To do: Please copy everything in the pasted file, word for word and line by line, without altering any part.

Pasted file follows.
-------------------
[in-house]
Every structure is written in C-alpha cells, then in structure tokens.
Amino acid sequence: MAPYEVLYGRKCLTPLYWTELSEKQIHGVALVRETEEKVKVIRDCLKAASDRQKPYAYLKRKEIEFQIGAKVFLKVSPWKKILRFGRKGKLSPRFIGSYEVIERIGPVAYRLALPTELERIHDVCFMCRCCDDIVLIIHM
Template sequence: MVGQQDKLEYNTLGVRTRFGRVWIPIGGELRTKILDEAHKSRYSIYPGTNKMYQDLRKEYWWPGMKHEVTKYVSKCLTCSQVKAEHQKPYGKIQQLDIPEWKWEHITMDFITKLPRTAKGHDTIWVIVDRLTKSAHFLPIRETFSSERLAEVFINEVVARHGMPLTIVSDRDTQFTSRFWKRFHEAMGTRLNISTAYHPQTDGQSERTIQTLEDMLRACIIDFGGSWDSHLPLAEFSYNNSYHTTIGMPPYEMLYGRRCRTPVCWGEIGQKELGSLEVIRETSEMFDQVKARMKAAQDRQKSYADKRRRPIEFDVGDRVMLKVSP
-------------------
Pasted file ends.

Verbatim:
[in-house]
Every structure is written in C-alpha cells, then in structure tokens.
Amino acid sequence: MAPYEVLYGRKCLTPLYWTELSEKQIHGVALVRETEEKVKVIRDCLKAASDRQKPYAYLKRKEIEFQIGAKVFLKVSPWKKILRFGRKGKLSPRFIGSYEVIERIGPVAYRLALPTELERIHDVCFMCRCCDDIVLIIHM
Template sequence: MVGQQDKLEYNTLGVRTRFGRVWIPIGGELRTKILDEAHKSRYSIYPGTNKMYQDLRKEYWWPGMKHEVTKYVSKCLTCSQVKAEHQKPYGKIQQLDIPEWKWEHITMDFITKLPRTAKGHDTIWVIVDRLTKSAHFLPIRETFSSERLAEVFINEVVARHGMPLTIVSDRDTQFTSRFWKRFHEAMGTRLNISTAYHPQTDGQSERTIQTLEDMLRACIIDFGGSWDSHLPLAEFSYNNSYHTTIGMPPYEMLYGRRCRTPVCWGEIGQKELGSLEVIRETSEMFDQVKARMKAAQDRQKSYADKRRRPIEFDVGDRVMLKVSP